EGU24-19066, updated on 11 Mar 2024
EGU General Assembly 2024
© Author(s) 2024. This work is distributed under
the Creative Commons Attribution 4.0 License.

Integrating Geostationary Satellite Data for Advanced Air Quality Modeling: Evaluating GEMS NRT Observations within the ECMWF’s IFS system for the HE CAMEO Project

Zoi Paschalidi1, Antje Inness1, Johannes Flemming1, and Roberto Ribas2
Zoi Paschalidi et al.
  • 1European Centre for Medium-Range Weather Forecasts (ECMWF) , Research Department, (
  • 2European Centre for Medium-Range Weather Forecasts (ECMWF) , Forecast Department

The advent of new satellite technologies has ushered in a promising era for trace gas and aerosol observations, offering advanced data quality and temporal resolution. Low Earth Orbit (LEO) satellites have markedly heightened our ability to generate accurate air quality forecasts. The Geo-Ring, comprising the geostationary satellites of GEMS over East Asia, TEMPO over North America and the imminent Copernicus Sentinel-4 over Europe, promises to unlock unprecedented possibilities in atmospheric monitoring.

The Horizon Europe CAMEO (CAMS EvOlution) project coordinated by the European Centre for Medium-Range Weather Forecasts (ECMWF) is dedicated to upgrading the quality and efficiency of the Copernicus Atmosphere Monitoring Service (CAMS). By integrating new satellite retrievals of atmospheric composition into the Integrated Forecast System (IFS), CAMEO aims to augment the data assimilation and inversion capabilities of the global and regional CAMS production system, thereby improving the quality of atmospheric composition analyses and forecasts.

During the initial year of CAMEO, the IFS was prepared to assimilate geostationary data alongside polar orbiting retrievals. This integration aims to optimise air quality modeling and provide a more accurate depiction of the diurnal cycle of O3, a pivotal component of atmospheric composition. The assimilation of a substantial volume of geostationary air quality data into the CAMS system poses challenges, necessitating the further development of the super observation software. Following updates to the IFS model and additional technical improvements, experiments were conducted using IFS version CY48R1 and the more recent CY49R1 to monitor and evaluate the Near Real-Time v.2. GEMS NO2 and O3 observations from April to December 2023.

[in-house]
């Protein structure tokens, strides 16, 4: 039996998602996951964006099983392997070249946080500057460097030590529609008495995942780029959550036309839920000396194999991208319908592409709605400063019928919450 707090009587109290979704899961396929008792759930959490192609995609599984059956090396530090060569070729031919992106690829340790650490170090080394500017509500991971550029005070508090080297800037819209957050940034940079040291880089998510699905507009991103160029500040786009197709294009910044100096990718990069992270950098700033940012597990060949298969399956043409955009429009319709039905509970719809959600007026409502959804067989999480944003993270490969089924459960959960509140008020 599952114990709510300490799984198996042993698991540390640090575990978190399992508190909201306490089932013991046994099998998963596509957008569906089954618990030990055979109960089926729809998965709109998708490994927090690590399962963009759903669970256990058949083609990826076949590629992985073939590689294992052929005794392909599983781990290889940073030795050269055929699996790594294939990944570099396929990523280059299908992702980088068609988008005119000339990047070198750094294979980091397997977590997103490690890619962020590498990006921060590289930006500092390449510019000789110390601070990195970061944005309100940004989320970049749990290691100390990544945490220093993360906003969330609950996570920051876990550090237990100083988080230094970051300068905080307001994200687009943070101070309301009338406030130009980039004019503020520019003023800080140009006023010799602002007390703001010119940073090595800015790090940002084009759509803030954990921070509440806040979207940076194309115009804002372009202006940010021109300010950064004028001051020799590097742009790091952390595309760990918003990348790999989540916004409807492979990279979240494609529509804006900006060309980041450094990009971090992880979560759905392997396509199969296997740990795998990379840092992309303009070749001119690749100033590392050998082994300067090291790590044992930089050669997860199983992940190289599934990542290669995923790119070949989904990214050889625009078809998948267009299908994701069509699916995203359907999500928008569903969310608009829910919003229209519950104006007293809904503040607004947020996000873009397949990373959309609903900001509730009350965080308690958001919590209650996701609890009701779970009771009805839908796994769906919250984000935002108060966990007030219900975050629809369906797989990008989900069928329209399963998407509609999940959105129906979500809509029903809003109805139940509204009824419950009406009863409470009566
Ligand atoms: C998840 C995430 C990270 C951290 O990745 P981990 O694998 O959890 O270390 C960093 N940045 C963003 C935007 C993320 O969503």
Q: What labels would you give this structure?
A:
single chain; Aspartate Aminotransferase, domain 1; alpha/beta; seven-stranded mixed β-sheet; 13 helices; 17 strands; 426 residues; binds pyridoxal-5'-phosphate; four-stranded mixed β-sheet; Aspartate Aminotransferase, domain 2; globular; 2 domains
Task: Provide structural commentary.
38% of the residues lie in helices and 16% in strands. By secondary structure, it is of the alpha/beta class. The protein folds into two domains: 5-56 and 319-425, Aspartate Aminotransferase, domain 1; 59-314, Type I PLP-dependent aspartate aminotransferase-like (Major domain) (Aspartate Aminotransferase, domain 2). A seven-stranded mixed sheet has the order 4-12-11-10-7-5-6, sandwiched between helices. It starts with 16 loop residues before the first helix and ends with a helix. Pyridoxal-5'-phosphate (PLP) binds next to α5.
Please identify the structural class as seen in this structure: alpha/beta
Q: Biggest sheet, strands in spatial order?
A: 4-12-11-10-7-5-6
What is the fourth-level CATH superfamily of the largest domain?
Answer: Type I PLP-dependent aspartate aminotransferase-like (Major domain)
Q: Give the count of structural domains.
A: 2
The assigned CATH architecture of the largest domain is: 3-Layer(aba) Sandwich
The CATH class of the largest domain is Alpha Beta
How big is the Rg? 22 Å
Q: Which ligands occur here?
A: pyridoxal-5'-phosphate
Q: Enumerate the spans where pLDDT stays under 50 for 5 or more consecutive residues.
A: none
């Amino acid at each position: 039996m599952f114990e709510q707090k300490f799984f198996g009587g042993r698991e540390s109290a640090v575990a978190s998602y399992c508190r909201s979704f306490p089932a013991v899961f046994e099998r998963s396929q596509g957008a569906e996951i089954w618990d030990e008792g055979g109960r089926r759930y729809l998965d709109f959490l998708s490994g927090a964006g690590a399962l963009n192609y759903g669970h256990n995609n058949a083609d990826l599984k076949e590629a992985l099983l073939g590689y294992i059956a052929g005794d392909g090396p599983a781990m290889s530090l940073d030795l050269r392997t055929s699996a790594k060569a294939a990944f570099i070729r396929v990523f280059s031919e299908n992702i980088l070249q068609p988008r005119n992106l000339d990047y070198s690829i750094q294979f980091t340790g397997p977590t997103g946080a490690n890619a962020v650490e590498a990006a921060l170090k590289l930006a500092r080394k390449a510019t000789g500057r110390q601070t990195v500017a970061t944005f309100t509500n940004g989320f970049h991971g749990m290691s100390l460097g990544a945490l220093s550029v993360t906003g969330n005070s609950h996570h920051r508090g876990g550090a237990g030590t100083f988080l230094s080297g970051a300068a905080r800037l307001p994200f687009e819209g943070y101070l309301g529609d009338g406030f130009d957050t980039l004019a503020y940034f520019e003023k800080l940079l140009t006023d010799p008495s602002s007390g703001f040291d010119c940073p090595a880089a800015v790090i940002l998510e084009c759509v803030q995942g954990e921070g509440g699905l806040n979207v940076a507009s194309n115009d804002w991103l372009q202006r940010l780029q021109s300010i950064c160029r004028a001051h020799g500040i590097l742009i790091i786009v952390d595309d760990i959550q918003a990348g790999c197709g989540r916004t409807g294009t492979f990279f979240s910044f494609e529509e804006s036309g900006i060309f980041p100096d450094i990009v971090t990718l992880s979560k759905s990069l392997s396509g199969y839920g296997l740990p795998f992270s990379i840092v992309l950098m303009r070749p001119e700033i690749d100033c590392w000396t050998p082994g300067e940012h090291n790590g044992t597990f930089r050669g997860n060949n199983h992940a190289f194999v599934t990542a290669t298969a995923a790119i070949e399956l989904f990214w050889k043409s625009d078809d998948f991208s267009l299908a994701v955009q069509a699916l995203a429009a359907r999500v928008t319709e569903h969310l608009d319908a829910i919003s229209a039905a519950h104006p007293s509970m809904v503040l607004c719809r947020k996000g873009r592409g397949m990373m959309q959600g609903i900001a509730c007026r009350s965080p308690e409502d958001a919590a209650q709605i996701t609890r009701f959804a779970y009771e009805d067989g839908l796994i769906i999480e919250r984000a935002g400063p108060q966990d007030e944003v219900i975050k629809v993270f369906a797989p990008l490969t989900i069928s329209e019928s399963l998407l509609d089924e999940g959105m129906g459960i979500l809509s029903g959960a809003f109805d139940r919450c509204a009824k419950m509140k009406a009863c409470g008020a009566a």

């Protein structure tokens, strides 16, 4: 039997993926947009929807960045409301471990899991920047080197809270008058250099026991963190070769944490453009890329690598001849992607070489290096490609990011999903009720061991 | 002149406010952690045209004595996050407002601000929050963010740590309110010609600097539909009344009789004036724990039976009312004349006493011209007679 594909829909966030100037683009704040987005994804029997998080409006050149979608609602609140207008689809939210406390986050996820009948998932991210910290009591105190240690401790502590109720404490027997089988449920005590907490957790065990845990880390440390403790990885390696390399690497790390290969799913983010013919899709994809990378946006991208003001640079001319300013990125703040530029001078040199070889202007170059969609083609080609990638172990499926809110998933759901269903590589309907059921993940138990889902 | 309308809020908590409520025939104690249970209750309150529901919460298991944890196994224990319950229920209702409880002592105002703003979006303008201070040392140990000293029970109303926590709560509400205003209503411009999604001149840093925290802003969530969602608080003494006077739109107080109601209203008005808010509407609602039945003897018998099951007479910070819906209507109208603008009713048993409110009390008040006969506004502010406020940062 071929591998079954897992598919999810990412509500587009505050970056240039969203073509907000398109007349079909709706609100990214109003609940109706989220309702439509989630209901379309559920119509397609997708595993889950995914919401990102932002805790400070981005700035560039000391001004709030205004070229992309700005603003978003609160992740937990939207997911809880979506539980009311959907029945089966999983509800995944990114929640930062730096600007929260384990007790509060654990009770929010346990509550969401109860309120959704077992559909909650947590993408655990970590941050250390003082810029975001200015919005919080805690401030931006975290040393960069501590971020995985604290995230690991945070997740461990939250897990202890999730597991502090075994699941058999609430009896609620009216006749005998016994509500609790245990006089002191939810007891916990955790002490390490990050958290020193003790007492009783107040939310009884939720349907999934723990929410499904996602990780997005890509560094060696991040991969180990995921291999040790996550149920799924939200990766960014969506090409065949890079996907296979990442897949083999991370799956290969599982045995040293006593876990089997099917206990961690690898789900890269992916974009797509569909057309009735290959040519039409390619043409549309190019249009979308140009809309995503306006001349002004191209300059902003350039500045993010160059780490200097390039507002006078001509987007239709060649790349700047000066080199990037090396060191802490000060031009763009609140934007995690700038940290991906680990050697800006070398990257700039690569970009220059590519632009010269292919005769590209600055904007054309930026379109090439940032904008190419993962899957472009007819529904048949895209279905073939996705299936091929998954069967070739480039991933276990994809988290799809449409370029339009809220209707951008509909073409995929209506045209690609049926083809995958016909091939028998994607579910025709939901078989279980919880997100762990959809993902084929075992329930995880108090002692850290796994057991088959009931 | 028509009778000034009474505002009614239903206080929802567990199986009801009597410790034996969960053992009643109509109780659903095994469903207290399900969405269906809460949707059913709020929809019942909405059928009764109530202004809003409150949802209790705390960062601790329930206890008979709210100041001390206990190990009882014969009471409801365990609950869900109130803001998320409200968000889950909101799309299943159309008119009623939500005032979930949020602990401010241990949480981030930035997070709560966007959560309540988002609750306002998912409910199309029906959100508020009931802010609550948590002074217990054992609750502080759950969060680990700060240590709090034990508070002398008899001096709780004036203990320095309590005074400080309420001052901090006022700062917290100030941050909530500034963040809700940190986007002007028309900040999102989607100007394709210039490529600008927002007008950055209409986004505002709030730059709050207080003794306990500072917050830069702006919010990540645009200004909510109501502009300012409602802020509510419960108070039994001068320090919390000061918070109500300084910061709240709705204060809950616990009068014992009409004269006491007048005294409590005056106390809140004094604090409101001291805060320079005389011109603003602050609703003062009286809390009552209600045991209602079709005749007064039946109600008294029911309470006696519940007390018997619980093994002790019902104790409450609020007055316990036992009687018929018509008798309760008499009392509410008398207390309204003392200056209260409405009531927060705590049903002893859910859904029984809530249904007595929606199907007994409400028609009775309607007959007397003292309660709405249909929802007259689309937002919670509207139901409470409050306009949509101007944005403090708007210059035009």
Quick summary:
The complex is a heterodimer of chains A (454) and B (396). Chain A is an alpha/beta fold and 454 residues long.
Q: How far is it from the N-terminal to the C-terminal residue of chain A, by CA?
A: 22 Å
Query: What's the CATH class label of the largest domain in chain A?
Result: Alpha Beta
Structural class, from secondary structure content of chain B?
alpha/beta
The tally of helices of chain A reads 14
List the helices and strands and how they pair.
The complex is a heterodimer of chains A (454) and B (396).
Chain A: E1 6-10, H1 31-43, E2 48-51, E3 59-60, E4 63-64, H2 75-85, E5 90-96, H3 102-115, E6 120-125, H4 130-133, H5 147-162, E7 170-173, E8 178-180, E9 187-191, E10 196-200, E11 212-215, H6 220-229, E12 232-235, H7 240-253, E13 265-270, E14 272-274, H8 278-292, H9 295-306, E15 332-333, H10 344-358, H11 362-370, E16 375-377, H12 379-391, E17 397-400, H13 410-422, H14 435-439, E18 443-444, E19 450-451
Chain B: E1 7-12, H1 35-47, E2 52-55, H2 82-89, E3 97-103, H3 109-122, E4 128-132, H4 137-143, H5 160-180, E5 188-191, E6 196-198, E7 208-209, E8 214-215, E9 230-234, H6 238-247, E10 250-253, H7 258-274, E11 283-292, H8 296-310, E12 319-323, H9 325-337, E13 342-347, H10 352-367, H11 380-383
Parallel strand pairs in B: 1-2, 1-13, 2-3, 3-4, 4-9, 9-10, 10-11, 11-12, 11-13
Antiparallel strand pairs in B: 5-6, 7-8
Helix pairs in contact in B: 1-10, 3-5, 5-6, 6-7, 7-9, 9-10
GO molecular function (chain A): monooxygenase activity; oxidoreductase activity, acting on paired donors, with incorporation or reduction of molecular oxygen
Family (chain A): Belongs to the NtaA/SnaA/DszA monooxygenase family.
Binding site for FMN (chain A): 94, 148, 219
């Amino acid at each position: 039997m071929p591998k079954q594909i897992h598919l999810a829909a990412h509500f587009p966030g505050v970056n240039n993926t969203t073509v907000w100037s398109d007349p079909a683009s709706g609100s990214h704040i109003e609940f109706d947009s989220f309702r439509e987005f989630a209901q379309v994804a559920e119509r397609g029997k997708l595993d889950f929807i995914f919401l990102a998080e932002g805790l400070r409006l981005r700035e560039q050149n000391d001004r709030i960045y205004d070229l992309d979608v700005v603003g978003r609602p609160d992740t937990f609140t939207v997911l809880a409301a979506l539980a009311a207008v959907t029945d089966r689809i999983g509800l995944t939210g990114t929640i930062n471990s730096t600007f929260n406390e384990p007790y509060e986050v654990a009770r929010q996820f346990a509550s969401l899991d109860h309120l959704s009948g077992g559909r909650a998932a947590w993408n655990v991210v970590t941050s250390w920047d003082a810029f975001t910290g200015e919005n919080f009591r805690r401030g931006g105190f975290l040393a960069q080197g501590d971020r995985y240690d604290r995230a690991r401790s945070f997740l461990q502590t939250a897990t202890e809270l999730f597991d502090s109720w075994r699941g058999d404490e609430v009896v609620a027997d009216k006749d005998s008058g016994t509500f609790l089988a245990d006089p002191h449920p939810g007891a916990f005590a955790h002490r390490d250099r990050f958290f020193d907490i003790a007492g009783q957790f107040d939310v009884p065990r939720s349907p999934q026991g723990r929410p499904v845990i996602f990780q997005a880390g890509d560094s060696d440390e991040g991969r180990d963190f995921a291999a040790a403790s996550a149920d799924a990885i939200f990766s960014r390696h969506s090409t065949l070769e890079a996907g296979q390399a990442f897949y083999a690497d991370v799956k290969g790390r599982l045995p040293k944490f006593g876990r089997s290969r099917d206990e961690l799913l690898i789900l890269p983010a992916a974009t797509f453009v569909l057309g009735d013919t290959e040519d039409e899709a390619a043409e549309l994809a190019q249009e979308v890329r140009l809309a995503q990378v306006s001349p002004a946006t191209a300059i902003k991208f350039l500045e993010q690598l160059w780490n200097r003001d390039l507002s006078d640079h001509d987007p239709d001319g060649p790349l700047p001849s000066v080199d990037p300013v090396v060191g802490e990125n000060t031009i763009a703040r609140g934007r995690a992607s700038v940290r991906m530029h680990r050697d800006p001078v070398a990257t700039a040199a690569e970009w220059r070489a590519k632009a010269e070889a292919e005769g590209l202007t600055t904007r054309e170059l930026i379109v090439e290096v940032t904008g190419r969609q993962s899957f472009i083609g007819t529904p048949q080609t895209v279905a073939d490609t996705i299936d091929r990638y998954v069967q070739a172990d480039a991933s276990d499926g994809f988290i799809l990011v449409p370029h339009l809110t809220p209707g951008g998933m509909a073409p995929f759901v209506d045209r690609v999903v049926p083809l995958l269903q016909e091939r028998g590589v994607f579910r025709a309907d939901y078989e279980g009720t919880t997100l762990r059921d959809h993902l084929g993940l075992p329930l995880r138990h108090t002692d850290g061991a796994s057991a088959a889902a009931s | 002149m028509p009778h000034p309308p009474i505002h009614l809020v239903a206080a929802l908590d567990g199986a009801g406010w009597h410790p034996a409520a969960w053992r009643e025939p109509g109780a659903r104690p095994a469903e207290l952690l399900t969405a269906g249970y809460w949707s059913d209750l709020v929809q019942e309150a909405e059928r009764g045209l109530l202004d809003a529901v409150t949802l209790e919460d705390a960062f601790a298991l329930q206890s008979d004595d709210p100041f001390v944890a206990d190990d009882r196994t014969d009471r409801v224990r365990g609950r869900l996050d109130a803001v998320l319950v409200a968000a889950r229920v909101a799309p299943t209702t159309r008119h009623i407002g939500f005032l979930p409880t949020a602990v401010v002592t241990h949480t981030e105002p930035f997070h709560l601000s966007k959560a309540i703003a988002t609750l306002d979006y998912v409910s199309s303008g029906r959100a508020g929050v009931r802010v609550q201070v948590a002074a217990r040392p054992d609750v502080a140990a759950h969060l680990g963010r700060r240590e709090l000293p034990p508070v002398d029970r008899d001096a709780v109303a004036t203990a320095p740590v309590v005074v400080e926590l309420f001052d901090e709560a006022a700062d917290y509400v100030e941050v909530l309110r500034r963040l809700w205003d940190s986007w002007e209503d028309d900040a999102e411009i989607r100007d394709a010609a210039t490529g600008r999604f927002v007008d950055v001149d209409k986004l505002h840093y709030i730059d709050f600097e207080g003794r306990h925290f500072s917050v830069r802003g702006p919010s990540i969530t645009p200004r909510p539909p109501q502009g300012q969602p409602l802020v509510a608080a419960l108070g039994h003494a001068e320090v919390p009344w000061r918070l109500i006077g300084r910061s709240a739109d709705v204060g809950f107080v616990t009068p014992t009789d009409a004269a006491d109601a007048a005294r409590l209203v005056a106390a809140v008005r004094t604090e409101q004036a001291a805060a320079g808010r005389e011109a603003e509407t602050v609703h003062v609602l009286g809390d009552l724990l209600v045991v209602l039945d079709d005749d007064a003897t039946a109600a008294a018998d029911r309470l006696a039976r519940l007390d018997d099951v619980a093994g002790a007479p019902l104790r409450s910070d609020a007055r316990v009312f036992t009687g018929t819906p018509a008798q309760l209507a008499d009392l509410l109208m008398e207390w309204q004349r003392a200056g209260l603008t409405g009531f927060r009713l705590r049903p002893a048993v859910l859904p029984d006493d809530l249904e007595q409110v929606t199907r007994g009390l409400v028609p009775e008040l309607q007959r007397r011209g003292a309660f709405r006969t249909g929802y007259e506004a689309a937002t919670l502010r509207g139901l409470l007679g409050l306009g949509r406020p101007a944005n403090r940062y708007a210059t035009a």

Preliminary results reveal a notable positive bias in the GEMS NO2 tropospheric column data, consistently exceeding the model's first-guess and TROPOMI satellite observations. In urban and populated areas like Beijing, while similarities in structures and patterns of NO2 data between GEMS and TROPOMI are identified, significant discrepancies persist. The GEMS NO2 data also exhibit noticeable noise attributed to factors such as stratospheric correction, cloud treatment, and unspecified measurement errors. In the case of O3, GEMS demonstrates better performance than NO2 when compared to TROPOMI and the model's first guess, with no significant bias identified. Nonetheless, the current data version features large O3 gaps due to quality control measures. These findings offer crucial insights for refining the assimilation of geostationary air quality data, thereby enhancing forecasting and monitoring of atmospheric composition in CAMS. Upcoming releases, such as v.3. GEMS data, are anticipated to address the identified data issues, further amending the usefulness of the GEMS data for air quality applications. 

How to cite: Paschalidi, Z., Inness, A., Flemming, J., and Ribas, R.: Integrating Geostationary Satellite Data for Advanced Air Quality Modeling: Evaluating GEMS NRT Observations within the ECMWF’s IFS system for the HE CAMEO Project, EGU General Assembly 2024, Vienna, Austria, 14–19 Apr 2024, EGU24-19066,, 2024.